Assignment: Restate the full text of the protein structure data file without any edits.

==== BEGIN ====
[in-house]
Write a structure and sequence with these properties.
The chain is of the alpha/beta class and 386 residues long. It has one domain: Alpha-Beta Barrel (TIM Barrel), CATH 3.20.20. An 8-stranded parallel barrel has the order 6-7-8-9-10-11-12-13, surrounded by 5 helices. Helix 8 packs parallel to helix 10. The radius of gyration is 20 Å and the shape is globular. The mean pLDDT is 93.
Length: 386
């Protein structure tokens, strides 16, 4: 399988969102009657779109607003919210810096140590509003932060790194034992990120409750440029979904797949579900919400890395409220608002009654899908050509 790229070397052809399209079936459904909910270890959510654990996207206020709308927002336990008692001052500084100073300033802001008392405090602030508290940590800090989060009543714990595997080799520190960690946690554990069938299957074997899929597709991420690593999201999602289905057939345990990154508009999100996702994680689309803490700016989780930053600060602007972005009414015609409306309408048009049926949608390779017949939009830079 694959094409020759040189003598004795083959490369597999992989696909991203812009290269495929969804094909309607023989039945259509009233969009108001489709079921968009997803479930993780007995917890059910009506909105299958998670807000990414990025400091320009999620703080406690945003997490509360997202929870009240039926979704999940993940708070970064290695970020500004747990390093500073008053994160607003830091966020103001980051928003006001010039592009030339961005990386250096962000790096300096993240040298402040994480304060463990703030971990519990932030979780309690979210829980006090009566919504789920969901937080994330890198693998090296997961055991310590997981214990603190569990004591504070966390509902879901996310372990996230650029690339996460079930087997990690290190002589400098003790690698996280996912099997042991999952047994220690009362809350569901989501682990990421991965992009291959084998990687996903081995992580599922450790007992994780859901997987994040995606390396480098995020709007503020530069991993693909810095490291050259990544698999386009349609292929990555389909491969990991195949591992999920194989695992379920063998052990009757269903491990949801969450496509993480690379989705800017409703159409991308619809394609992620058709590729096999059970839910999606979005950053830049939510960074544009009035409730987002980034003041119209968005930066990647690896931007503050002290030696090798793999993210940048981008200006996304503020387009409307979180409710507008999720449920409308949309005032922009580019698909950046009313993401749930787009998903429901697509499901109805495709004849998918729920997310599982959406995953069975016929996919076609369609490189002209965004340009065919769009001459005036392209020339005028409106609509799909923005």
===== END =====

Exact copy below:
[in-house]
Write a structure and sequence with these properties.
The chain is of the alpha/beta class and 386 residues long. It has one domain: Alpha-Beta Barrel (TIM Barrel), CATH 3.20.20. An 8-stranded parallel barrel has the order 6-7-8-9-10-11-12-13, surrounded by 5 helices. Helix 8 packs parallel to helix 10. The radius of gyration is 20 Å and the shape is globular. The mean pLDDT is 93.
Length: 386
């Protein structure tokens, strides 16, 4: 399988969102009657779109607003919210810096140590509003932060790194034992990120409750440029979904797949579900919400890395409220608002009654899908050509 790229070397052809399209079936459904909910270890959510654990996207206020709308927002336990008692001052500084100073300033802001008392405090602030508290940590800090989060009543714990595997080799520190960690946690554990069938299957074997899929597709991420690593999201999602289905057939345990990154508009999100996702994680689309803490700016989780930053600060602007972005009414015609409306309408048009049926949608390779017949939009830079 694959094409020759040189003598004795083959490369597999992989696909991203812009290269495929969804094909309607023989039945259509009233969009108001489709079921968009997803479930993780007995917890059910009506909105299958998670807000990414990025400091320009999620703080406690945003997490509360997202929870009240039926979704999940993940708070970064290695970020500004747990390093500073008053994160607003830091966020103001980051928003006001010039592009030339961005990386250096962000790096300096993240040298402040994480304060463990703030971990519990932030979780309690979210829980006090009566919504789920969901937080994330890198693998090296997961055991310590997981214990603190569990004591504070966390509902879901996310372990996230650029690339996460079930087997990690290190002589400098003790690698996280996912099997042991999952047994220690009362809350569901989501682990990421991965992009291959084998990687996903081995992580599922450790007992994780859901997987994040995606390396480098995020709007503020530069991993693909810095490291050259990544698999386009349609292929990555389909491969990991195949591992999920194989695992379920063998052990009757269903491990949801969450496509993480690379989705800017409703159409991308619809394609992620058709590729096999059970839910999606979005950053830049939510960074544009009035409730987002980034003041119209968005930066990647690896931007503050002290030696090798793999993210940048981008200006996304503020387009409307979180409710507008999720449920409308949309005032922009580019698909950046009313993401749930787009998903429901697509499901109805495709004849998918729920997310599982959406995953069975016929996919076609369609490189002209965004340009065919769009001459005036392209020339005028409106609509799909923005």